If Algeria were to plunge into a crisis similar to that of the 1990s, or worse, immeasurable political, economic, and security repercussions would reverberate through the Mediterranean region. The southern European states, already hit by the Libyan crisis and the difficulties in Tunisia, would face an even larger influx of refugees, the collapse of its gas and oil supplies, booms of terrorism and criminality, and other far-reaching consequences.

Given this context and considering the consequences of a broader and deeper crisis in North Africa, Western policies clearly appear inadequate, superficial, and perhaps even willfully delusional.

Leaving Libya to its own means after the fall of Qaddafi was undoubtedly a mistake. The continued “hands-off” approach has allowed an increasing loss of control by the central government and the consequent fragmentation and entrenchment of militias and other violent groups. A stronger reaction to Haftar’s operations in Benghazi and Libya Dawn’s actions in Tripoli in the summer of 2014 might have gone a long way towards preventing the massive destruction and loss of lives since then. Now, any initiative by the international community to stop the fighting and prevent a full-blown civil war requires much stronger action. To support the UN-brokered agreement and a new Government of National Accord, action will inevitably involve military support to protect vital installations and provide security to a new government.

The West’s failure to prioritize the success of the Tunisian democratization process and the maintenance of stability in the country deserves reproach. If the instability of Libya were to spill over to Tunisia, it would then inevitably spread to Algeria with the dramatic consequences outlined above. Europe in particular should see Tunisia as their “Maginot Line” and defend it vigorously. The manner of support is crucial as well. While providing training and equipment for security forces is indeed important, the economy is the critical concern. European help and assistance should focus on providing financial and technical support as well as incentives for infrastructure projects in order to create more viable economic development and job creation policies. So far, neither the Europeans nor the United States seem to understand how critical this temporal juncture is for Tunisia and, in turn, how critical Tunisia’s stability is for the entire region.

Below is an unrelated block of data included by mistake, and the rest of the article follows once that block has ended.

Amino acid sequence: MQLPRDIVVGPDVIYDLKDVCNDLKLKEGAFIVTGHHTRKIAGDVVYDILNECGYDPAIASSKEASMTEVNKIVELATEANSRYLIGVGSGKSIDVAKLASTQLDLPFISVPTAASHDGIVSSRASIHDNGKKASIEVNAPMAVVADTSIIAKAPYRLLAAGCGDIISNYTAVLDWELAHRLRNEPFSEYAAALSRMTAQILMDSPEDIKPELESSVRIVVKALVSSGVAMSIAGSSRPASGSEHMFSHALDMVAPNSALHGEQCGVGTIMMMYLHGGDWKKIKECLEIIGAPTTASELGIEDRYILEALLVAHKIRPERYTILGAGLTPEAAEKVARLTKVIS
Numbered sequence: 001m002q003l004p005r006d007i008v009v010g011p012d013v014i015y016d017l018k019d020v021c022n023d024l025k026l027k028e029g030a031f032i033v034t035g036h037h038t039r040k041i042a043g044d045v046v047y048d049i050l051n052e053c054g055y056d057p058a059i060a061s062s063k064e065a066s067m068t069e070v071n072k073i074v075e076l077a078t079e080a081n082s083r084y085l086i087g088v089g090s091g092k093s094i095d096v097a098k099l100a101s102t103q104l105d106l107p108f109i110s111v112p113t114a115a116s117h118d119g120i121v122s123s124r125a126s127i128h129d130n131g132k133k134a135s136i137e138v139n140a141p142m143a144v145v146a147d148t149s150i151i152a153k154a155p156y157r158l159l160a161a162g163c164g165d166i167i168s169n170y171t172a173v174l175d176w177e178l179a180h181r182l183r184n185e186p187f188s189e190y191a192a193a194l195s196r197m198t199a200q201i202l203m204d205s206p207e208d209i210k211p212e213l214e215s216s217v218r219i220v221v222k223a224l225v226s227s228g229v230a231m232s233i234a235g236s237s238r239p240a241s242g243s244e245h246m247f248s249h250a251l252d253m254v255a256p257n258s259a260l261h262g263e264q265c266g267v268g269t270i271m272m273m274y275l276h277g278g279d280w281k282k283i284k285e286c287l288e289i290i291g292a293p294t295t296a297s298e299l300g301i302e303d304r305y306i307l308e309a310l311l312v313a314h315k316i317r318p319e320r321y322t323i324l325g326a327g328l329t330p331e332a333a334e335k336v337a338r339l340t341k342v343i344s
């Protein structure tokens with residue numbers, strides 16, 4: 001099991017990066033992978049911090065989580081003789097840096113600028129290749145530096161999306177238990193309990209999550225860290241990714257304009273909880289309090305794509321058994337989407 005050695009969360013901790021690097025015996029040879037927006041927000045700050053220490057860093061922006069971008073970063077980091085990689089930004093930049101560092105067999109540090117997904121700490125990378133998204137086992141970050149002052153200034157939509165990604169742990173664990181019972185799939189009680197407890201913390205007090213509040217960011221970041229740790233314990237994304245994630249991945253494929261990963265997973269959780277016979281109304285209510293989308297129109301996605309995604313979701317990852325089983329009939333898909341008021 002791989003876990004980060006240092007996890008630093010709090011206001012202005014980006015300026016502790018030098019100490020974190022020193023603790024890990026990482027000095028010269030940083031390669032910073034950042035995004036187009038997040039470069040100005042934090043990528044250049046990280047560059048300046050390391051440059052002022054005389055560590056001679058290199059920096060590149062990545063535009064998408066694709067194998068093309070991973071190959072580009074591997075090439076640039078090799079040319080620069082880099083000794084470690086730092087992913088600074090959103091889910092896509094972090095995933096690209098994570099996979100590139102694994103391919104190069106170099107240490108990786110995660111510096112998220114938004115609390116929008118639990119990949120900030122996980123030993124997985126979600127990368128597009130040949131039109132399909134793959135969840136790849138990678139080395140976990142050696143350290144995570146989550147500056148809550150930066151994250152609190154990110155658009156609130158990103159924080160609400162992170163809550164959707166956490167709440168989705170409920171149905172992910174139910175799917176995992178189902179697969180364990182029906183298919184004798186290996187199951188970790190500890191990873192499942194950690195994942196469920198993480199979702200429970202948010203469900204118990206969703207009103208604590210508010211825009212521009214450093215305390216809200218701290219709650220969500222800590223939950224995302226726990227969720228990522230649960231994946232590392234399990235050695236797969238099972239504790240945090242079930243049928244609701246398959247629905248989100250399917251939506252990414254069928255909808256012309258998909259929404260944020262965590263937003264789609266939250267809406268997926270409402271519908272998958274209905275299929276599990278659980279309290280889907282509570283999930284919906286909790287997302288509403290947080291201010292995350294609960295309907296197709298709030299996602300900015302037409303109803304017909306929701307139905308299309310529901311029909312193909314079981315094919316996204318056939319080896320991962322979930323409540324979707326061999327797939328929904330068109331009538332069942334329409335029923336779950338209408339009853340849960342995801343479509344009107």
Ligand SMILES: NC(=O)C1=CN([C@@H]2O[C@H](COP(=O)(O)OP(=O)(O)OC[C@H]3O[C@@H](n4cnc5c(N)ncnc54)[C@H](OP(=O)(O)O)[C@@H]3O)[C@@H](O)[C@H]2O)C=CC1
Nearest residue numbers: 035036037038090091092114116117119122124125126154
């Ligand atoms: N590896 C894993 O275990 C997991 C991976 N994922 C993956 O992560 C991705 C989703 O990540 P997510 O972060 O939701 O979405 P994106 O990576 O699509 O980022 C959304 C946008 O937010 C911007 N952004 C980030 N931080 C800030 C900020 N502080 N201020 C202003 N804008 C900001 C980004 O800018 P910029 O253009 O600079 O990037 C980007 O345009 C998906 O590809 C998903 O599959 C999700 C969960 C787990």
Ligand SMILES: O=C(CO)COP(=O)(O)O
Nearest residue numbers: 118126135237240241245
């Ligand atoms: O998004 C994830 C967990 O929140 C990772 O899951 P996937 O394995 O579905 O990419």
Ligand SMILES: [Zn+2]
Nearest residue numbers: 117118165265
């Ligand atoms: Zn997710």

With Algeria, unfortunately, policy options remain limited. Algeria is a large country run opaquely by a closed elite and a powerful security apparatus. While the police state structure may seem like the key to its stability, in fact, it is reason for its fragility. Without real avenues for inclusive governance and urgently needed political and economic reforms, the system will remain closed, potentially leading to civil unrest as internal pressures grow. It would be a step in the right direction if the European and US institutions could pressure the Algerian establishment towards these reforms, rather than ignoring dangerous signs from the interior of the country in the name of an oft-abused sovereignty principle.

Critical signs of latent instability have emerged across North Africa. Although mistakes have been made, Western actors can adopt policy options to mitigate further damage. Continuing to ignore the signs or postponing action to address them could carry devastating consequences for the entire Mediterranean region and beyond.

Karim Mezran is a Senior Fellow at the Atlantic Council’s Rafik Hariri Center for the Middle East.

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Image: A boy holds a Tunisian flag as he stands near bouquets of flowers laid at the beachside of the Imperiale Marhabada hotel, which was attacked by a gunman in Sousse, Tunisia, June 27, 2015. (Reuters)